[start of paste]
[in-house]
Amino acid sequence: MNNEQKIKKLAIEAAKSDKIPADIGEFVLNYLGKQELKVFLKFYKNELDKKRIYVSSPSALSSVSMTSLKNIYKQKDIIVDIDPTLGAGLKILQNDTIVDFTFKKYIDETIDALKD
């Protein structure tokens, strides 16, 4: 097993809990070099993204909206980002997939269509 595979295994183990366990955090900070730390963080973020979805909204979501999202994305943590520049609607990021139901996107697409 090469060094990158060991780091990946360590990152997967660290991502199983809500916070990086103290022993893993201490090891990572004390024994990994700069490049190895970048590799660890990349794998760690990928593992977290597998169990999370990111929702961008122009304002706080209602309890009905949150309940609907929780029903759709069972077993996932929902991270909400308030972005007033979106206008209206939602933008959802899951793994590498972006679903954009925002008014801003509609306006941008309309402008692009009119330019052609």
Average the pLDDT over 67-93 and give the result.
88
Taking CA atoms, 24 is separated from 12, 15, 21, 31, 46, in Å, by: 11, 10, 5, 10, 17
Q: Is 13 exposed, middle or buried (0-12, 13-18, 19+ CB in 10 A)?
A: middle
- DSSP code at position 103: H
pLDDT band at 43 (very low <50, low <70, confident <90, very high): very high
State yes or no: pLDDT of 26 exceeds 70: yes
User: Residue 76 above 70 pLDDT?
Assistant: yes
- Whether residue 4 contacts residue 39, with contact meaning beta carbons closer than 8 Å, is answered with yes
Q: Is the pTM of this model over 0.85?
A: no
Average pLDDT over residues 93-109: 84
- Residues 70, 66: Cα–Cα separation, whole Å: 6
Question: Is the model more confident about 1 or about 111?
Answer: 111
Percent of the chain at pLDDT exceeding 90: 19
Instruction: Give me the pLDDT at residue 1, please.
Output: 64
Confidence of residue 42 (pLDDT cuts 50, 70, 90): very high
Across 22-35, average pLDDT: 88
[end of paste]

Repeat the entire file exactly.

[in-house]
Amino acid sequence: MNNEQKIKKLAIEAAKSDKIPADIGEFVLNYLGKQELKVFLKFYKNELDKKRIYVSSPSALSSVSMTSLKNIYKQKDIIVDIDPTLGAGLKILQNDTIVDFTFKKYIDETIDALKD
């Protein structure tokens, strides 16, 4: 097993809990070099993204909206980002997939269509 595979295994183990366990955090900070730390963080973020979805909204979501999202994305943590520049609607990021139901996107697409 090469060094990158060991780091990946360590990152997967660290991502199983809500916070990086103290022993893993201490090891990572004390024994990994700069490049190895970048590799660890990349794998760690990928593992977290597998169990999370990111929702961008122009304002706080209602309890009905949150309940609907929780029903759709069972077993996932929902991270909400308030972005007033979106206008209206939602933008959802899951793994590498972006679903954009925002008014801003509609306006941008309309402008692009009119330019052609």
Average the pLDDT over 67-93 and give the result.
88
Taking CA atoms, 24 is separated from 12, 15, 21, 31, 46, in Å, by: 11, 10, 5, 10, 17
Q: Is 13 exposed, middle or buried (0-12, 13-18, 19+ CB in 10 A)?
A: middle
- DSSP code at position 103: H
pLDDT band at 43 (very low <50, low <70, confident <90, very high): very high
State yes or no: pLDDT of 26 exceeds 70: yes
User: Residue 76 above 70 pLDDT?
Assistant: yes
- Whether residue 4 contacts residue 39, with contact meaning beta carbons closer than 8 Å, is answered with yes
Q: Is the pTM of this model over 0.85?
A: no
Average pLDDT over residues 93-109: 84
- Residues 70, 66: Cα–Cα separation, whole Å: 6
Question: Is the model more confident about 1 or about 111?
Answer: 111
Percent of the chain at pLDDT exceeding 90: 19
Instruction: Give me the pLDDT at residue 1, please.
Output: 64
Confidence of residue 42 (pLDDT cuts 50, 70, 90): very high
Across 22-35, average pLDDT: 88